Basement beam concern
I'm in the middle of finishing my basement, and while I was taking off walls I uncovered a beam in the basement that is causing me to worry just a little bit. I've attached pictures, and i'll give you a little bit of information about the house.
- 2 story house
- 2x10 main floor joists at 16" centers, and they span 17ft from foundation wall to foundation wall.
- There are 2 beams in the basement supporting those joists, which both run from the foundation to the stairs. One beam is 17 ft long, and the other is 11 ft long.
- Beams are made up of 3 2x6s glued and nailed together (seems like small wood to be using for a structural beam)
One of the beams in question seems to stop about 2 inches short of fully supporting the joists next to the stairs (see one of the pictures)
The other concern is that both beams are not set into the foundation, but rather they butt up against it and are supported there by 2 2x6s (see the other picture). As a result, I have a feeling that these beams were added after the fact to help support the floor, and were not an original part of the house.
Is this something that I should be concerned about? and if so, how would I go about making sure that everything is being supported as it needs to be?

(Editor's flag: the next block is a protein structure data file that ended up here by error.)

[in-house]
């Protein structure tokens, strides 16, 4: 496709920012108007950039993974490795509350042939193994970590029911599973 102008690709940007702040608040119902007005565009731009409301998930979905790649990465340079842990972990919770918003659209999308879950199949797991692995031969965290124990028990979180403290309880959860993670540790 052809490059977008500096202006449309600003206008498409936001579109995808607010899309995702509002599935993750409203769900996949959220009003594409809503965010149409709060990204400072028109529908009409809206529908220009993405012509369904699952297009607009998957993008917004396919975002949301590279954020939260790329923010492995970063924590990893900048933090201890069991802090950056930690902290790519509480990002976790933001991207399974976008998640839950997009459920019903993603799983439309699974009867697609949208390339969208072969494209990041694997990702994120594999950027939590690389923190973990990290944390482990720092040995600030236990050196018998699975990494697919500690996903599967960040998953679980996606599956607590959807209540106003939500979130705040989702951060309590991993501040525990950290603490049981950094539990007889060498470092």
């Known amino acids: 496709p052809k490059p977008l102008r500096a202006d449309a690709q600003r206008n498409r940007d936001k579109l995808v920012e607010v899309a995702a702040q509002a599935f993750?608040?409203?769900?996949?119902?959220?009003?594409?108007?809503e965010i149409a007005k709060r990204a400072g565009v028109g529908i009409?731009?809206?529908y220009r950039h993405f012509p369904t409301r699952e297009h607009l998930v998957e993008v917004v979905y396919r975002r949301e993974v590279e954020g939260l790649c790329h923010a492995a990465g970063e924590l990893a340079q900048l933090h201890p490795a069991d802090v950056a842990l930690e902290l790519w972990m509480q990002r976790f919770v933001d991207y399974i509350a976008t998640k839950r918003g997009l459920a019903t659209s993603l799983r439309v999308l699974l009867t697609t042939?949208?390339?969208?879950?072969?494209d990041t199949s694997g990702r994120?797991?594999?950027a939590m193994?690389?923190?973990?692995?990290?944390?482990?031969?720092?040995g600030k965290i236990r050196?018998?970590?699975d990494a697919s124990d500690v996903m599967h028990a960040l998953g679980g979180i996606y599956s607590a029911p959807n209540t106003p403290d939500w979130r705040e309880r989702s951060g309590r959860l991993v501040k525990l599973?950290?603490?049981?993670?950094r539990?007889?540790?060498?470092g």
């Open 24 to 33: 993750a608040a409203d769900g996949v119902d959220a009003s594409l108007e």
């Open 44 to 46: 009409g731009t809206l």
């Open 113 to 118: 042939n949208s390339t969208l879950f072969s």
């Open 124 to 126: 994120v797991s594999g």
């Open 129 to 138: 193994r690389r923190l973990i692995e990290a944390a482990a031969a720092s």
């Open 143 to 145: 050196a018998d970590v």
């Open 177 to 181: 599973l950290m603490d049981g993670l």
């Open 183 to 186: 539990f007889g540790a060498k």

Do I need to have a new beam put in?
The beam support using a pair of 2x6 posts is slightly unusual, but not a problem. The screw jack supporting the beam in the first picture may be an issue, because it does not look to me like it is a permanent rated support jack. It looks like a temporary support jack. You may want to check the manufacturer plate on the jack, and verify that the support is in fact rated for permanent installation.
As for the beams not extending all the way across the joist, that is poor practice, but not likely to be a serious problem. Possibly more important is the fact that the third 2x10 (or whatever size that joist is) does not appear to be adequately attached to the middle piece, based on the gap between the pieces. This could be remedied easily by nailing or screwing the pieces together. If you decide to go this route, clamp the pieces together before nailing or screwing to make sure they mate properly.
If there are already nails or screws in place, and that gap is as large as it looks, you may want to remove the fasteners first, clamp the boards, then reinstall.
As for the adequacy of the beam, without knowing the loading on the beam, it is not possible to determine if 3 pieces of 2x6 are adequate for the application. If you are concerned, you may want to hire a structural engineer to look at the house and calculate the load on the beam.
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